[Editorial Note: Amy, whose blog entry appears below, is one of several "Science Moms" at Science Buddies!]
We love our math and our science and our computers in our house, and when we see a description of a coin launcher made from a toilet paper roll and a piece of leftover balloon, it sticks in our heads until we try it. (Of course, concerned about the relative weight of a coin flying through the air at slingshot speed, I did advocate the launcher be tried with small LEGO bricks instead to minimize breakage and injury!) Risk of projectile damage aside, we enjoy our gadgets and a healthy number of "let's-see-how-or-if-it-works" moments, but we also love to read. Books, books, and more books line our shelves, spill out over the sides of buckets and baskets, peek out from under the seats in the car, and weigh down our bags when we travel.
My boys are three years apart, and so we've cycled through a few series entirely, twice. Some of those are elementary cult classics in their own rite. The A to Z Mysteries and The Magic Tree House series are two series that we read, start to finish, and then again. Other series have had transient roles in our out-loud reading. Geronimo Stilton, Cam Jansen, Horrible Harry, Jigsaw Jones.... We've read them.
If you're noticing a trend toward mysteries, you're right. Statistically, it's been the most popular read-aloud genre in our house this year. That doesn't mean we haven't read scads of other things. We have. But a great mystery series... can be golden, and I've spent a lot of library trips scouring the shelves looking for another series that will catch first-grade attention, inspire, excite, and tide us through another set of weeks of bedtime reading.
A Lucky Find!
When I stumbled over a Doyle and Fossey, Science Detectives book by Michelle Torrey, I was thrilled to find another "mystery"-styled series that, like Jigsaw Jones and Cam Jansen, features two students (one male and one female) who have hung up their shingle as detectives. As soon as I started, I realized there is something special about these—especially from the science angle and for a Science Mom!The first story I read told the tale of a fellow classmate (not the most likable girl) who calls for help because, basically, she's stuck in a laundry chute where she fell trying to grab her phone as it fell in. After checking things out on the scene, Doyle and Fossey head back to their "lab," do a bunch of research, draw up some diagrams, form their hypothesis, put together a plan, and then head back to, basically, create a small baking-soda-and-vinegar-inspired explosion to blast her free. Case solved, scientific explanation offered by the detectives, payment made in full (though not in money), and they are on to the next case. (Each book contains several different cases to solve.)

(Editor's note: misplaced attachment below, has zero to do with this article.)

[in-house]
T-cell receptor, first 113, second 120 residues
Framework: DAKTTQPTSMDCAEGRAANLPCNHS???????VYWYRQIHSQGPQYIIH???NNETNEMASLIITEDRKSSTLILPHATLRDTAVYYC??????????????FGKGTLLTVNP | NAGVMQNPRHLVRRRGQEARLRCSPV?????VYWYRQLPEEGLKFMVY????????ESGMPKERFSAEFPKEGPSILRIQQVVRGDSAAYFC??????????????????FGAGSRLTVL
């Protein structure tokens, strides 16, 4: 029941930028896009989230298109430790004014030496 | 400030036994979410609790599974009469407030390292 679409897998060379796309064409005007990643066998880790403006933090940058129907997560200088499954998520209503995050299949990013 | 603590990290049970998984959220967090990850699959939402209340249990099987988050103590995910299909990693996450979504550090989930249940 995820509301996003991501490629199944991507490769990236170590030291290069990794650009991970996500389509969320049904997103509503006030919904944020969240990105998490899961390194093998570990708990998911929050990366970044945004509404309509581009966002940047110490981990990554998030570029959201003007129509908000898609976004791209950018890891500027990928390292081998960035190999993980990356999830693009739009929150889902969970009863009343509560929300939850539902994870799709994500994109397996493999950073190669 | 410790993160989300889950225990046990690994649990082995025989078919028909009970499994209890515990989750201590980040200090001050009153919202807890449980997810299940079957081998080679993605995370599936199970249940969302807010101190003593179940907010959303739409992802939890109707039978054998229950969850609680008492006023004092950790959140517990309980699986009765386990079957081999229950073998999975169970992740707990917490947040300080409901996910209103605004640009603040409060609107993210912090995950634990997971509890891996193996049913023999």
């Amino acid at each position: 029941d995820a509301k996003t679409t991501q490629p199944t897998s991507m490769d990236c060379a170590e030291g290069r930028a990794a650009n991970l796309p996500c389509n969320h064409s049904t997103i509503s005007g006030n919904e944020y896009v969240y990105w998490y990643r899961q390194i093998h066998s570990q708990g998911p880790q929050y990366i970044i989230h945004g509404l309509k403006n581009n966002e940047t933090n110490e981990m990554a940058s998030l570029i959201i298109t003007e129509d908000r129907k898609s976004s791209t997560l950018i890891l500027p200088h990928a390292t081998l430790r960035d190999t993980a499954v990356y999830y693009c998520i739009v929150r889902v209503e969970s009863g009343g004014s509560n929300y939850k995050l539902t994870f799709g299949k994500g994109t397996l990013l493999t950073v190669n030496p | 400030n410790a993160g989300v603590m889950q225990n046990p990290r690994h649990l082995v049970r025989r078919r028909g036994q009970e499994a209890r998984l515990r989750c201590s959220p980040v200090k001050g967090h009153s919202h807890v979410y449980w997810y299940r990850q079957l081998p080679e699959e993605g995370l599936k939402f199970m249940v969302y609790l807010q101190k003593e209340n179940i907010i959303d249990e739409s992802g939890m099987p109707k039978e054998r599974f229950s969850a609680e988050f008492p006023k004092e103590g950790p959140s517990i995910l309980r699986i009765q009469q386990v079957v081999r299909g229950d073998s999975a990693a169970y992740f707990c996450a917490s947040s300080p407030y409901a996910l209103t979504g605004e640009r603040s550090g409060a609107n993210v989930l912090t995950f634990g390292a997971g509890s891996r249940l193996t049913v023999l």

I've read a number of the Doyle and Fossey Science Detectives lineup since, and I love that the stories themselves are full of science and serious kids who do their best thinking in their lab, apply science to every problem, and take their decaf coffee black (no hot chocolate, thanks). Doyle's got wild, stand-up hair that is the color of cinnamon toast, and he's often found monitoring his own experiments and recording his observations in his lab notebook. Nell Fossey, on the other hand, is a naturalist, with a jungle-esque bedroom full of aquariums, terrariums, and cages. To add to their innate interest in scientific investigation, the duo is lucky to have parents with skills and jobs that fit perfectly into supporting and encouraging their young detectives, and they have an amazing reference book that always has the perfect chapter to help guide their scientific problem-solving when they are faced with a new case.
In the Name of Hands-On Exploration
In the back of each book, there are tips and brief hands-on experiments that give students and families a bit more information about the science that played a part in the cases—and a way to test the concepts in an age-appropriate way. Each "Activities and Experiments for Super-Scientists" back-section is in the neighborhood of 20 pages, and some of the basic info appears in each volume. In addition to fun activities, these pages cover things like the importance of a lab notebook (and how to use one), the scientific method, and hypotheses. All of these science "staples" are things you see Doyle and Fossey use and do—and they are cool doing it! The projects themselves (which tie in with the stories in each book) offer an easy starting point for families to begin talking with elementary students about principles of science. For example, one volume contains a mystery that centers upon static electricity (and a poor, hungry cat). In the back of the book, there is a related "shocking" activity.
I like the short projects lend themselves nicely to deeper exploration through the Project Ideas at Science Buddies. Parents interested in doing hands-on science projects with their students will find a handy list of projects that use readily-available materials in the Parents section of the Science Buddies website.
(Note: The Doyle and Fossey books are marketed for grades 3-5.)